Presentation Jeremiah Day - Krakersmonument

Starting 27 June

Please note that the sound component of the monument might sometimes be out of order. To be sure, please bring this sound file with you on your mp3 player:


On Saturday afternoon, 27 June, the SMBA presents the 'Krakersmonument' (Squatter's Memorial) by Jeremiah Day. The presentation will take place around 5:30 p.m., at the end of the Stromboliweg, in the western harbours of Amsterdam. As an introduction, prior to the presentation a public conversation between Jeremiah Day and the former artist Raivo Puusemp will take place in Stedelijk Museum Bureau Amsterdam, beginning at 4:00 p.m. After this a shuttle bus will depart for the Stromboliweg. Frank van Kreuningen, chairman of the Amsterdam Spinoza Circle, will perform the opening ceremony.

As an American artist living and working in Amsterdam, Day's interest in squatting was awakened by a personal experience in July, 2006. Yellow banners with the text 'made possible in part by the squatter movement' showed up on the façades of former squatter bastions like Paradiso in Amsterdam and Tivoli in Utrecht. In America squatting has a highly subversive image, but these banners alerted Day whose work focuses principally on dealing with historical moments to the fact that squatting was not only a political affair, but had also been a stimulus for the creation of important cultural institutions.

The Krakersmonument takes the form of a 'story-telling box', such as can still sometimes be found in older American amusement parks: a sort of speaker on a post which, when you press a button, narrates a story or tells a fairy tale. The story fits with what the listener sees before him, in this case the view out over the Amsterdam harbour. And here it is no fairy tale, but it is also certainly not a history lesson or a political discourse. In a playful way the Krakersmonument combines the official language of monuments and memorials with the creative capacity of fiction and art, so as to function as a way of freely reflecting on this specifically Dutch history.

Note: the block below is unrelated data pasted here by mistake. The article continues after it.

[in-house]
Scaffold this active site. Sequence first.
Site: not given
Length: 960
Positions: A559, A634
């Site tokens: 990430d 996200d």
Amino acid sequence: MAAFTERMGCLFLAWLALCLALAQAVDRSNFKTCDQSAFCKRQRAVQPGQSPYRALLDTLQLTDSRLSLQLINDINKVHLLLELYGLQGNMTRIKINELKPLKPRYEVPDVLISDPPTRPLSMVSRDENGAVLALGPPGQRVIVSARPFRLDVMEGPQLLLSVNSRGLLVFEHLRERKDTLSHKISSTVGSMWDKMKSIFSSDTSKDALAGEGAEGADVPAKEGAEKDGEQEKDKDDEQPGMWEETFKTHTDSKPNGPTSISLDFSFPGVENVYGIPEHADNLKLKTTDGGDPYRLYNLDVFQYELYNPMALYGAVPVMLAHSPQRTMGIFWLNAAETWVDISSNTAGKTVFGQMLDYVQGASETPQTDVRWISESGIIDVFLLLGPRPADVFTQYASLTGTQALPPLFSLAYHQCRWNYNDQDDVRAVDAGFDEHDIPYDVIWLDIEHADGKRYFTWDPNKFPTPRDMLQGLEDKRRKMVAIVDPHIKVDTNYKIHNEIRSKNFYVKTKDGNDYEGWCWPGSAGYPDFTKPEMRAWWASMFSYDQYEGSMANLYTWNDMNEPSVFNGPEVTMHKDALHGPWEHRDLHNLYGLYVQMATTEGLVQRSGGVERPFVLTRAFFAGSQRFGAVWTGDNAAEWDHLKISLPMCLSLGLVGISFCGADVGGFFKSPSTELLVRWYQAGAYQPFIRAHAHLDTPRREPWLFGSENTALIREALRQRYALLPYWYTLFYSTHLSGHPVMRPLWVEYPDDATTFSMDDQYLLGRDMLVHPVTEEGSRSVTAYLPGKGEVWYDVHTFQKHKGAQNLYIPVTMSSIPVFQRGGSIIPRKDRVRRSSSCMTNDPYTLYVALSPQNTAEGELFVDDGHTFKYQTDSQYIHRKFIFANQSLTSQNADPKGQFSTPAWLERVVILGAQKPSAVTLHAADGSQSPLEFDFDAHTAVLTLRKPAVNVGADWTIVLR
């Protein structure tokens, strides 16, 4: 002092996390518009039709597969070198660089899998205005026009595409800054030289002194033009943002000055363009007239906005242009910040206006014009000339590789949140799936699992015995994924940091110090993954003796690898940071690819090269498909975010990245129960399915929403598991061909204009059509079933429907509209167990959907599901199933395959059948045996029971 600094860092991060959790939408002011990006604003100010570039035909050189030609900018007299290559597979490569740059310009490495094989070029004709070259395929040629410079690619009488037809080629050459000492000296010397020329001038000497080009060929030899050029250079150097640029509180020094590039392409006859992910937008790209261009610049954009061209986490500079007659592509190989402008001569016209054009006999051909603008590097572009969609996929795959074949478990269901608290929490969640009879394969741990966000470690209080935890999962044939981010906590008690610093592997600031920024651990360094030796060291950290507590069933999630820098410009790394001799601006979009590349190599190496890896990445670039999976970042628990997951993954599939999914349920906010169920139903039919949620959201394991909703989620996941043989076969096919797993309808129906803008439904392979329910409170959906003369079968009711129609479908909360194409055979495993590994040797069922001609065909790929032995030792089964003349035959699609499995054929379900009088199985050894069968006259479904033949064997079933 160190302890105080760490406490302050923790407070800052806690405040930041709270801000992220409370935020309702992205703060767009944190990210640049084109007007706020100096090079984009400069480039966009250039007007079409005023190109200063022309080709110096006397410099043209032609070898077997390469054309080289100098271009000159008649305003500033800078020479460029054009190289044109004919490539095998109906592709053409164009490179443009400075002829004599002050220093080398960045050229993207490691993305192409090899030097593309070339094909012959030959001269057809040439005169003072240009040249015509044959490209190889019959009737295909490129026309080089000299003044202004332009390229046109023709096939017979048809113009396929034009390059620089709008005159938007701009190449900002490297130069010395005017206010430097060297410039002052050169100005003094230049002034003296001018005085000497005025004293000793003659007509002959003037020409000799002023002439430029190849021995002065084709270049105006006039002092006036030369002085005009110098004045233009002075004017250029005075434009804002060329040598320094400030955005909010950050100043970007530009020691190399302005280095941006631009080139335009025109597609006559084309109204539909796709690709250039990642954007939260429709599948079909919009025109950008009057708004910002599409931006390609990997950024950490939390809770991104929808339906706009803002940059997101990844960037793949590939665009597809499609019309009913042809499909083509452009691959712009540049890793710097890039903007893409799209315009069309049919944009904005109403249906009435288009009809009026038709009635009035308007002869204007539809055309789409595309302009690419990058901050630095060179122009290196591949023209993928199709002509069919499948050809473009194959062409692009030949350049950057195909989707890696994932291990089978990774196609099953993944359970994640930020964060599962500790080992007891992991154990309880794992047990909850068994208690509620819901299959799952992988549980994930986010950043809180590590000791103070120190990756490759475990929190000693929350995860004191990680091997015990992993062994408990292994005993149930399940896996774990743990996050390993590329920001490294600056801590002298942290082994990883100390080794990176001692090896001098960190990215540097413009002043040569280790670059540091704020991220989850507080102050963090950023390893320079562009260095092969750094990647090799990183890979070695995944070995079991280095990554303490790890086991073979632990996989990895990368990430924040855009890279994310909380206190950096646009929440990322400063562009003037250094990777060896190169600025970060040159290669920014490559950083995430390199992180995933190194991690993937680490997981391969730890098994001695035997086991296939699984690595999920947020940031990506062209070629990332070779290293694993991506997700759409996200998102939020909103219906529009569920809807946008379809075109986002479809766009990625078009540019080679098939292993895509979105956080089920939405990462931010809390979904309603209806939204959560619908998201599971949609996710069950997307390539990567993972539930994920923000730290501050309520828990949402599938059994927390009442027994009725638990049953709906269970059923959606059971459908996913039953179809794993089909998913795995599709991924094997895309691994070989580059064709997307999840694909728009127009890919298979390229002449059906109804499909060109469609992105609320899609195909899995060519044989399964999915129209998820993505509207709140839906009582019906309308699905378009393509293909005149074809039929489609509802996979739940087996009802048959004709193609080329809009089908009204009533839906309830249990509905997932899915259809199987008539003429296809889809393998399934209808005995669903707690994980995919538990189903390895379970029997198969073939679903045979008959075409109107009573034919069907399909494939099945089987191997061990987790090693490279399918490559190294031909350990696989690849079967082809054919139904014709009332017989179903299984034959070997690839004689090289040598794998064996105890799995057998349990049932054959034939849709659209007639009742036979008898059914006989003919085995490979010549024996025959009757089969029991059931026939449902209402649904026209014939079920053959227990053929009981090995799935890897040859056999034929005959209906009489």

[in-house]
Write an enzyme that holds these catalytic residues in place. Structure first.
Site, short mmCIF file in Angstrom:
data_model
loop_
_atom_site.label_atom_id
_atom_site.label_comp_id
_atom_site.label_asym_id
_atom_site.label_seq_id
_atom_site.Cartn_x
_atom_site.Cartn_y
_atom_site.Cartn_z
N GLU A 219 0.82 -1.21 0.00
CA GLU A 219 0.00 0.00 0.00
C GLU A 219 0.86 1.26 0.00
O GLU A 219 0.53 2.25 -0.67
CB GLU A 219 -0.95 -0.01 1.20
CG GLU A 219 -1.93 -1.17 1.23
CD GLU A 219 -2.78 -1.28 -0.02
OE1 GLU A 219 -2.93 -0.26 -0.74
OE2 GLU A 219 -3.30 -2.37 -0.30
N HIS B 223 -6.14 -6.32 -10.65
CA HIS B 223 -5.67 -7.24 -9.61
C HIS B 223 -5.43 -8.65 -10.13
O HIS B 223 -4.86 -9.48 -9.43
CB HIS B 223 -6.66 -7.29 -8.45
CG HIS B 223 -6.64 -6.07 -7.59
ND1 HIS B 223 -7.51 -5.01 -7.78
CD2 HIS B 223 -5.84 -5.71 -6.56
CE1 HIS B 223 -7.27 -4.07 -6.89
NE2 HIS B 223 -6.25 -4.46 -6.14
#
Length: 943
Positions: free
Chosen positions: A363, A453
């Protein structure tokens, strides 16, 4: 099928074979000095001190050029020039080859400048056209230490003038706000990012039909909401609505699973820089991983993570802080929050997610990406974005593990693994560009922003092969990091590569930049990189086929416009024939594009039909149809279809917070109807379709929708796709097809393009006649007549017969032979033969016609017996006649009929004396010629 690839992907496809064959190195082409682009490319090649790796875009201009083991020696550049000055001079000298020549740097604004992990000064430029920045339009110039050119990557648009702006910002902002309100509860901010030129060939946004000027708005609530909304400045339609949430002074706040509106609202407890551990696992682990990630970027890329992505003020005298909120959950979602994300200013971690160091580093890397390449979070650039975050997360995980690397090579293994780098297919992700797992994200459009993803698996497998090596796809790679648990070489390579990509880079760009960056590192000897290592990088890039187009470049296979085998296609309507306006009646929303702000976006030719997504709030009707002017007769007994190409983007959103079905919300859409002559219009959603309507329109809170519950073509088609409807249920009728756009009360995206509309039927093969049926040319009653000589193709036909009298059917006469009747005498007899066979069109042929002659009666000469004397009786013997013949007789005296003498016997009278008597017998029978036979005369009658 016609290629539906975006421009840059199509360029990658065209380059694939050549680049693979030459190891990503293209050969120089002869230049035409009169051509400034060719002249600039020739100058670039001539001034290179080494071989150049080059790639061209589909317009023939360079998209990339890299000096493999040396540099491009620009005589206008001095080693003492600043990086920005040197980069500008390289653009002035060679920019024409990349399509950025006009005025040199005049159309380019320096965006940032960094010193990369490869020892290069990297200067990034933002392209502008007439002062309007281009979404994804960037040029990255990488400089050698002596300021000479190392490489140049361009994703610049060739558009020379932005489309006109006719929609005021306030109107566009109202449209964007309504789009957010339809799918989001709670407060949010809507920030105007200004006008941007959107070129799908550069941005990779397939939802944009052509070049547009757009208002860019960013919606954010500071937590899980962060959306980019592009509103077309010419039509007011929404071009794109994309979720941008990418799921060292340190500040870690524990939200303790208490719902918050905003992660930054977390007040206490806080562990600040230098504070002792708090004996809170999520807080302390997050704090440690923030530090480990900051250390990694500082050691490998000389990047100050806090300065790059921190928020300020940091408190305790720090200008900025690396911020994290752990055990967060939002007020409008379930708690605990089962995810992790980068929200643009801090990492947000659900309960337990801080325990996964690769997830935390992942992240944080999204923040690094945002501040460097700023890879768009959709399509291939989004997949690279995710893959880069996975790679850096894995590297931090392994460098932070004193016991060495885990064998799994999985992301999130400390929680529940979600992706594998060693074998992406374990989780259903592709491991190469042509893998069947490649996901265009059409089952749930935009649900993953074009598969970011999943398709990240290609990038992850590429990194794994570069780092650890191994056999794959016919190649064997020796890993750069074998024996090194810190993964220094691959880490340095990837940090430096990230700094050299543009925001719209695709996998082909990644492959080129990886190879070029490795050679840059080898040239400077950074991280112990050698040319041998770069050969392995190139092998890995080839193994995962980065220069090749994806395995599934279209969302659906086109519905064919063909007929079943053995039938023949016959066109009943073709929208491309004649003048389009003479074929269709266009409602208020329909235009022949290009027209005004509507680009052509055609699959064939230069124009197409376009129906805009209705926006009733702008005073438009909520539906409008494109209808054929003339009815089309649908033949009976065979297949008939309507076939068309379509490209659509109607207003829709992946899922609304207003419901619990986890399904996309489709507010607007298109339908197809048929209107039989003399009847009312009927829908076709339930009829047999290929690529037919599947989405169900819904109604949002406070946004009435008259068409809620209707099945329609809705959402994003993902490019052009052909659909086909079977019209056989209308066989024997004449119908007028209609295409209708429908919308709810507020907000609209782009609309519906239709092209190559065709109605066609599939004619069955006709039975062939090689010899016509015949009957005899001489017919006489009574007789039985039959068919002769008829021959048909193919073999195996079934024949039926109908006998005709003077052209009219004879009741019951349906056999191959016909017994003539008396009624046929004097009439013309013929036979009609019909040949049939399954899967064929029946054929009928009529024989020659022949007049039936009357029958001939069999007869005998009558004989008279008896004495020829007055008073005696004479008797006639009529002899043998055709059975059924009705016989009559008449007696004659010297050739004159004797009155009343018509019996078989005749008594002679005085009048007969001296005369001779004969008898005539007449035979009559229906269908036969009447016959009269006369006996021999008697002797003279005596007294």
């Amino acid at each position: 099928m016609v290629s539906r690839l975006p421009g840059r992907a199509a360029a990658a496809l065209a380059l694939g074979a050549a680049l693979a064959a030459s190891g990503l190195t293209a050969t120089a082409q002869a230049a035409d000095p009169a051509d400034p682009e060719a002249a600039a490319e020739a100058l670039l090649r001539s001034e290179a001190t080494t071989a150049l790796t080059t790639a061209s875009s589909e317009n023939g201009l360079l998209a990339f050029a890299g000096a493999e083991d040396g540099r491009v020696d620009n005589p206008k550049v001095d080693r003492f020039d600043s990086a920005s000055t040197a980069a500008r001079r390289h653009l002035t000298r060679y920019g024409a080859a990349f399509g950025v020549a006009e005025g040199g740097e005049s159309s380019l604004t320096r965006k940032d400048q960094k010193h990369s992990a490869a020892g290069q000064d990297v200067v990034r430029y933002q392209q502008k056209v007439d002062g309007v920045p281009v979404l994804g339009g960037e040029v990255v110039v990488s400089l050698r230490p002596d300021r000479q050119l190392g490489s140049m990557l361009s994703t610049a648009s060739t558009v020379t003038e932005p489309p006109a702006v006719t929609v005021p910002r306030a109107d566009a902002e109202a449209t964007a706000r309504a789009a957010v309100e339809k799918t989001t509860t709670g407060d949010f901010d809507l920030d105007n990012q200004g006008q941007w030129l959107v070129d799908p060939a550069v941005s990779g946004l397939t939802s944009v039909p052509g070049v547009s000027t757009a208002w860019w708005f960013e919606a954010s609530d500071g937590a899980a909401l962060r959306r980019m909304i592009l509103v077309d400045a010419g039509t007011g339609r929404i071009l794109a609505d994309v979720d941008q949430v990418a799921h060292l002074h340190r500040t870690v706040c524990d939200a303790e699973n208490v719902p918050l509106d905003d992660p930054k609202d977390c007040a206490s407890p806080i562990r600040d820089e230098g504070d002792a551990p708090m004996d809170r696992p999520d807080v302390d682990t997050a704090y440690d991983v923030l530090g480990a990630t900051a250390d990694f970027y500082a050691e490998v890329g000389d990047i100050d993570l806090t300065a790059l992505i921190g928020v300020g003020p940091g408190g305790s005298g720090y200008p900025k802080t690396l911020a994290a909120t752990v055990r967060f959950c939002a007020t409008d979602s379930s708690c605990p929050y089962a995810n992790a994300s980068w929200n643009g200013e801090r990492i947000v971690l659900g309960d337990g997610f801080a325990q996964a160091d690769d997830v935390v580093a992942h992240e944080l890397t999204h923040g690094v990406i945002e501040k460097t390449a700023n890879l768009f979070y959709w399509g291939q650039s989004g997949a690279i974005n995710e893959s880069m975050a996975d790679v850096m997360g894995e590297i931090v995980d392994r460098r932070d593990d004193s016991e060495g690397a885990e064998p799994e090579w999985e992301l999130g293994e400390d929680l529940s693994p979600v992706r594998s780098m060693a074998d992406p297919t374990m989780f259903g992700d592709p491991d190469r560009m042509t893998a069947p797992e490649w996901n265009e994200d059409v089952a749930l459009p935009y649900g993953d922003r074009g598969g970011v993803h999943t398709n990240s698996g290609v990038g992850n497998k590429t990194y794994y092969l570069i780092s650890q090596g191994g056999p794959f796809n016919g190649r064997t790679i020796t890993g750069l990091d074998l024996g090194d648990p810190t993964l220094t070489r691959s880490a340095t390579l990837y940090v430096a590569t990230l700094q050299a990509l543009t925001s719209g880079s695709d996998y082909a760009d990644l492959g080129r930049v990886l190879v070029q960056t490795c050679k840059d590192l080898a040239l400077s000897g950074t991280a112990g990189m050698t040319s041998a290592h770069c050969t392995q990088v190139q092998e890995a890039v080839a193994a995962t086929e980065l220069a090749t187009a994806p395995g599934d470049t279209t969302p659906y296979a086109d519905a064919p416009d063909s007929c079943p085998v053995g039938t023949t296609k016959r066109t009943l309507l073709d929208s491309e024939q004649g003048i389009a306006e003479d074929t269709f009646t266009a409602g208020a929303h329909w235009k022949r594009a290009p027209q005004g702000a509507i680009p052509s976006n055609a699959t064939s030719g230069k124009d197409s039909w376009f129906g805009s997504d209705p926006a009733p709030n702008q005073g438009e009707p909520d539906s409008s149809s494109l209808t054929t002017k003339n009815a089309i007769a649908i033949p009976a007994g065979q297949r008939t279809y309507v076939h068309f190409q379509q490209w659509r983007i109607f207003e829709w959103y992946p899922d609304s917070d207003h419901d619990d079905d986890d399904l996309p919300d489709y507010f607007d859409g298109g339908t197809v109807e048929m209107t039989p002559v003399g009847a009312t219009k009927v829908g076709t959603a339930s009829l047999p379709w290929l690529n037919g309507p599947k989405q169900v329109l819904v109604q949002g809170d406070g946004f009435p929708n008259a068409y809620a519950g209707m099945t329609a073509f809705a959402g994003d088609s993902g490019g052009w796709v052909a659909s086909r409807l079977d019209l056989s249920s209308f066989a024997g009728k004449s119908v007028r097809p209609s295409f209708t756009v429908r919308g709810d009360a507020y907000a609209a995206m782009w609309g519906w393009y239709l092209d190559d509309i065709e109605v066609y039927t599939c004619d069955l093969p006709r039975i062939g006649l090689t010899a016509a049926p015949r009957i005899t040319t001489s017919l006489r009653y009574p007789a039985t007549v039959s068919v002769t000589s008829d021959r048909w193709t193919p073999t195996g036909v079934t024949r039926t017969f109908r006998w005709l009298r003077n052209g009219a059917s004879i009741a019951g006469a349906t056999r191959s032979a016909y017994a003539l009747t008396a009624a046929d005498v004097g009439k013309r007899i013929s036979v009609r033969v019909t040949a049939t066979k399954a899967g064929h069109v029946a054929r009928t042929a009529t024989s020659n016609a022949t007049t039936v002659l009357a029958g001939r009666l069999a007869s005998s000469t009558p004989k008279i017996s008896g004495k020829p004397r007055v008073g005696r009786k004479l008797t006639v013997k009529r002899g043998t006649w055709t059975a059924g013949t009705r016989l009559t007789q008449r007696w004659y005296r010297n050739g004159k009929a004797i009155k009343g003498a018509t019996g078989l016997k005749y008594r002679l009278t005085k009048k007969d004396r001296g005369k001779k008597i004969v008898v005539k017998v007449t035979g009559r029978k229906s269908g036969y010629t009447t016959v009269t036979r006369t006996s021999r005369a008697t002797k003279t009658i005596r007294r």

The basis for the conversation between Jeremiah Day and Raivo Puusemp is an art project of the latter. In 1975 he announced his candidacy for mayor of the town of Rosendale, in the state of New York. After he was actually elected, within two years he saw to the abolition of that community, with the permission of its residents.

Allan Kaprow later frequently cited the project as a textbook example, in turn also making it a source of inspiration for Day. The conversation between Puusemp and Day will be moderated by Jelle Bouwhuis, curator at Stedelijk Museum Bureau Amsterdam.

Check for a excerpt of the conversation between Day and Puusemp here

Route description

There are several options to get to the 'Krakersmonument'. The Stromboliweg is yet not added on Google Maps and also unknown at any Navigationsystem. So click on the map below for the exact spot.

- By car is the easiest option to get there

- By bike: you can rent a bike at Sloterdijk Station at the Rijwielshop (costs E 3,20 for a half day, open from 07.00h till 19.00h) There are Krakersmonument-flyers with a map on it at the shop. Mind that the bike ride will take about 25 minutes

- By shuttle bus: on July 25th and September 25th will depart a shuttlebus from SMBA, Rozenstraat 59, call for reservation

- Regular busline: Bus 233 from Sloterdijk Station, only at rush hours, (departing times: 8:17, 8:47, 15:52, 16:22, 16:52) Busstop at Capriweg

A map of the location on Google Maps is available here

The Krakersmonument can be seen until at least 1 October on the Stromboliweg. The work will also be part of the group exhibition One's History is Another's Misery in Stedelijk Museum Bureau Amsterdam, from 26 July through 6 September.

Jeremiah Day's Krakersmonument is a project of Stedelijk Museum Bureau Amsterdam as part of the

manifestation My Name Spinoza. It is made possible part by the Amsterdam Fund for the Art and the Foundation Art and Public Space.

The Manifestation My Name Spinoza is an initiative of Amsterdam Spinoza Circle, developed by SKOR (Foundation Art and Public Space) and in collaboration with Foundation Spinoza Centrum Amsterdam.

With thanks to:

Fabrication: Saygel & Schreiber (Berlin) Sound: Bart de Kroon (Utrecht) Installation: MAP (Amsterdam) Impressions: Tudor Bratu, Alisa Margolis, Kristina Kersa Production assistants: Anne van Leeuwen, Debbie Marbus